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Research

We aim to advance the state of pulmonary healthcare through investigation of fundamental lung biomechanics. By utilizing Theory, Simulation, and Experiments to understand how tissue structure governs function, the bMECH lab ultimately strives to enable clinical translation through predictive modeling, surgical optimization, and medical diagnostics.

Interests:

  • Multi-scale computational and experimental approaches integrating organ-tissue-microstructure mechanics
  • Associative breathing forces and lung tissue deformation characterization
  • Comparative bronchial network stress distribution states of healthy, asthmatic, bronchitis, and cystic fibrosis lungs
  • Image-based airway geometry to construct lung motion during breathing cycle
  • Fluid-structure interaction models informed by tissue properties geared towards optimizing ventilation pressures
  • Surgical planning of lung ablation based on pre-and post pulmonary pressure-volume function analysis
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Establishing the First Organ-Level Digital Image Correlation of the Lung to Link Local to Global Biomechanics

 

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We collect the first non-contact, full-field deformation measures of ex vivo porcine and murine lungs and interface with our unique pressure-volume ventilation system to investigate lung behavior in real time. We share preliminary observations of heterogeneous and anisotropic strain distributions of the parenchymal surface, associative pressure-volume-strain loading dependencies during continuous loading, and consider the influence of inflation rate and maximum volume. This study serves as a crucial basis for future works to comprehensively characterize the regional response of the lung across various species, link local strains to global lung mechanics, examine the effect of breathing frequencies and volumes, investigate deformation gradients and evolutionary behaviors during breathing, and contrast healthy and pathological states.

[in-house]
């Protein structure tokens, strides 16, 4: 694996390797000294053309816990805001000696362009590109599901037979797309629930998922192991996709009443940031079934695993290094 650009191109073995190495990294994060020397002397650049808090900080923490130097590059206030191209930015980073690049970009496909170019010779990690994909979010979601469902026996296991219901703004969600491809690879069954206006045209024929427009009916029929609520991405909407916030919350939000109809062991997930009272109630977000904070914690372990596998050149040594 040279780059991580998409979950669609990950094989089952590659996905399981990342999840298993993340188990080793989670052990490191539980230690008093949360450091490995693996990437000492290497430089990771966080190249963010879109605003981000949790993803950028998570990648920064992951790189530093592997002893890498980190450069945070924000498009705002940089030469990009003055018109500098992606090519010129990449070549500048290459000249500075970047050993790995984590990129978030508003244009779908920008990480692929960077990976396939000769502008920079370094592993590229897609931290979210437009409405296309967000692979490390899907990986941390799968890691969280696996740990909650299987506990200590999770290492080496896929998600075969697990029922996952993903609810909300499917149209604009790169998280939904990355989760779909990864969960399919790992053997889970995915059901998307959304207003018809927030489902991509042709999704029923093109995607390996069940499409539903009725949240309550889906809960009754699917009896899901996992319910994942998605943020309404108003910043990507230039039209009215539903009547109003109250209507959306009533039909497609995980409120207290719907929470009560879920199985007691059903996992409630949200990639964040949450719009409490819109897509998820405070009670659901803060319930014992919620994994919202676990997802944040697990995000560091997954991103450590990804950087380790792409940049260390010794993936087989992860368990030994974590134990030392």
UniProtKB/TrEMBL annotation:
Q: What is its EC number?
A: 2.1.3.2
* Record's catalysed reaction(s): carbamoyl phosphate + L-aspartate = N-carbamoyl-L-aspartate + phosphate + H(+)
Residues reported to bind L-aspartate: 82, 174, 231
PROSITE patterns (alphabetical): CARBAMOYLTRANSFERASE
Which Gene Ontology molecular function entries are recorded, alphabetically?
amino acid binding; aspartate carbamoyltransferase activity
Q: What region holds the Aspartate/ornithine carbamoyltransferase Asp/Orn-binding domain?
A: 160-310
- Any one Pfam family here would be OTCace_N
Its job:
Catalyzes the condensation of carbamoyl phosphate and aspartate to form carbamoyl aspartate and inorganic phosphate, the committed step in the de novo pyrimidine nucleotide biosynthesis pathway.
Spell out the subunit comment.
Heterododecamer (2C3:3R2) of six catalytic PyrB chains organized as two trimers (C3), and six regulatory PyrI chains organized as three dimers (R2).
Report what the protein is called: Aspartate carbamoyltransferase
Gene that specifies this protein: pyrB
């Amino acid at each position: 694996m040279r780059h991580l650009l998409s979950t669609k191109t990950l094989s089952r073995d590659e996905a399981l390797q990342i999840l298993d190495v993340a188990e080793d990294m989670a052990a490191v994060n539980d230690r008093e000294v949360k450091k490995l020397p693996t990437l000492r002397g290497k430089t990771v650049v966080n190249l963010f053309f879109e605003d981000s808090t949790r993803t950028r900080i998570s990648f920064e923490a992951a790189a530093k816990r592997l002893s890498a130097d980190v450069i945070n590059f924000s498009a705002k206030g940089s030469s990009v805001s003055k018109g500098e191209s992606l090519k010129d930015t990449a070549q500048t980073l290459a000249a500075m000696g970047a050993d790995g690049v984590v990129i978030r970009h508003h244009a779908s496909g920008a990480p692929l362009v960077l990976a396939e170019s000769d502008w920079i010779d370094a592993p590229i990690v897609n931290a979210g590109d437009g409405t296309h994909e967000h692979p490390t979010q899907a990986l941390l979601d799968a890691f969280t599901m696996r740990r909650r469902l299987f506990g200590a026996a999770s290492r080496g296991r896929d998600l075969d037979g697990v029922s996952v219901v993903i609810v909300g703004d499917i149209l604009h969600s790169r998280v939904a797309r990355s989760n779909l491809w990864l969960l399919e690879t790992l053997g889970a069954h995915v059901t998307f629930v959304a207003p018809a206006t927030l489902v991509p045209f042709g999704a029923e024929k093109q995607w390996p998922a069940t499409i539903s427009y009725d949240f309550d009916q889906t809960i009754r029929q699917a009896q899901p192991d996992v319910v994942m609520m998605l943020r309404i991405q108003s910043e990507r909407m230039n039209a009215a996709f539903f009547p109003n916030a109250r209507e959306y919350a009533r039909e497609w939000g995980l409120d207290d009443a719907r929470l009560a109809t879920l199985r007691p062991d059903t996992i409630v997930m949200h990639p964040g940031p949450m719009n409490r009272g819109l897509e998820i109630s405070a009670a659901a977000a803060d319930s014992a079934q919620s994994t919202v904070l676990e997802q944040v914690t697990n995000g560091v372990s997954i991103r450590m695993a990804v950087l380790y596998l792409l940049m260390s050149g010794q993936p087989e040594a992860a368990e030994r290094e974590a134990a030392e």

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Custom-Designed Volume-Pressure Machine for Novel Whole Lung Organ Measurements

 

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Asthma, emphysema, COVID-19 and other lung-impacting diseases cause the remodeling of tissue structural properties and can lead to changes in conducting pulmonary volume, viscoelasticity, and air flow distribution. Whole organ experimental inflation tests are commonly used to understand the impact of these modifications on lung mechanics. Here we introduce a novel, automated, custom-designed device for measuring the volume and pressure response of lungs, surpassing the capabilities of traditional machines and built to range size-scales to accommodate murine, porcine, and human lung tests. 

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Energy Efficiency and Temporal Dependencies